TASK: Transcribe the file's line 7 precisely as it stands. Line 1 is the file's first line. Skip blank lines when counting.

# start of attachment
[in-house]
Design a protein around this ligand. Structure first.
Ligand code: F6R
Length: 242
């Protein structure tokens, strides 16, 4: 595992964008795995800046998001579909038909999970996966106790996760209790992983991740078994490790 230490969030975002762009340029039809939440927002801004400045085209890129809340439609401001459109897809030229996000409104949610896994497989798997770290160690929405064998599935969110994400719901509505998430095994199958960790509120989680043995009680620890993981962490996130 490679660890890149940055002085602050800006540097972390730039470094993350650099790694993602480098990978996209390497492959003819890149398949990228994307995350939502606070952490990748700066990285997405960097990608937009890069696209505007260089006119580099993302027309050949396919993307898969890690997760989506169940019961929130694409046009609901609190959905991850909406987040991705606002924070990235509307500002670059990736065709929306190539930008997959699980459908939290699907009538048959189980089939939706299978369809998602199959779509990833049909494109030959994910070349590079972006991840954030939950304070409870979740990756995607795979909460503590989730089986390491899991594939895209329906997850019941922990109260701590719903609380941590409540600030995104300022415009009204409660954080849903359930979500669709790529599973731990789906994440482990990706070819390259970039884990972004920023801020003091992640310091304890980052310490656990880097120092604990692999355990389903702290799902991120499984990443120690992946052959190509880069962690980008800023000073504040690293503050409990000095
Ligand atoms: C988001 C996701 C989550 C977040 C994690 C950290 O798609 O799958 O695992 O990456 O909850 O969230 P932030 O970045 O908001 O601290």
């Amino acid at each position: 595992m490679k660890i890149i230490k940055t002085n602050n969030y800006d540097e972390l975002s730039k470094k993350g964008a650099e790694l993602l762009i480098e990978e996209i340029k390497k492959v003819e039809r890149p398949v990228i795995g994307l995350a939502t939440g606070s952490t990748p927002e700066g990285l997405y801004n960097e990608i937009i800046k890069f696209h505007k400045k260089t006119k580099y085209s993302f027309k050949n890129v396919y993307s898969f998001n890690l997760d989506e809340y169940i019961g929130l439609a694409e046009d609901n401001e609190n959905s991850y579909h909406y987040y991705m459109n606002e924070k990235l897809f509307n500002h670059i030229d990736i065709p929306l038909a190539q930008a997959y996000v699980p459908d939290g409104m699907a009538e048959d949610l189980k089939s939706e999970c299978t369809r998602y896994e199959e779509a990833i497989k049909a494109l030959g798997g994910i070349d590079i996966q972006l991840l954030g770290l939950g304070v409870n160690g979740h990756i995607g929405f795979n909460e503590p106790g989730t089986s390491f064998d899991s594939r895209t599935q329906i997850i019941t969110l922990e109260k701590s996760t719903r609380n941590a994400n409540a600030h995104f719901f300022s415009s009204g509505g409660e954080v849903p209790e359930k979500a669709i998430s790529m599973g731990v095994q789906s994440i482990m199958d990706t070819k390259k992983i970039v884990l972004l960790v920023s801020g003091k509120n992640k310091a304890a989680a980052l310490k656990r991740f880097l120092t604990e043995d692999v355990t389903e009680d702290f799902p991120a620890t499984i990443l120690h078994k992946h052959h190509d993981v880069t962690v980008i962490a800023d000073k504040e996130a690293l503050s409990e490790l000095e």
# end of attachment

């Amino acid at each position: 595992m490679k660890i890149i230490k940055t002085n602050n969030y800006d540097e972390l975002s730039k470094k993350g964008a650099e790694l993602l762009i480098e990978e996209i340029k390497k492959v003819e039809r890149p398949v990228i795995g994307l995350a939502t939440g606070s952490t990748p927002e700066g990285l997405y801004n960097e990608i937009i800046k890069f696209h505007k400045k260089t006119k580099y085209s993302f027309k050949n890129v396919y993307s898969f998001n890690l997760d989506e809340y169940i019961g929130l439609a694409e046009d609901n401001e609190n959905s991850y579909h909406y987040y991705m459109n606002e924070k990235l897809f509307n500002h670059i030229d990736i065709p929306l038909a190539q930008a997959y996000v699980p459908d939290g409104m699907a009538e048959d949610l189980k089939s939706e999970c299978t369809r998602y896994e199959e779509a990833i497989k049909a494109l030959g798997g994910i070349d590079i996966q972006l991840l954030g770290l939950g304070v409870n160690g979740h990756i995607g929405f795979n909460e503590p106790g989730t089986s390491f064998d899991s594939r895209t599935q329906i997850i019941t969110l922990e109260k701590s996760t719903r609380n941590a994400n409540a600030h995104f719901f300022s415009s009204g509505g409660e954080v849903p209790e359930k979500a669709i998430s790529m599973g731990v095994q789906s994440i482990m199958d990706t070819k390259k992983i970039v884990l972004l960790v920023s801020g003091k509120n992640k310091a304890a989680a980052l310490k656990r991740f880097l120092t604990e043995d692999v355990t389903e009680d702290f799902p991120a620890t499984i990443l120690h078994k992946h052959h190509d993981v880069t962690v980008i962490a800023d000073k504040e996130a690293l503050s409990e490790l000095e």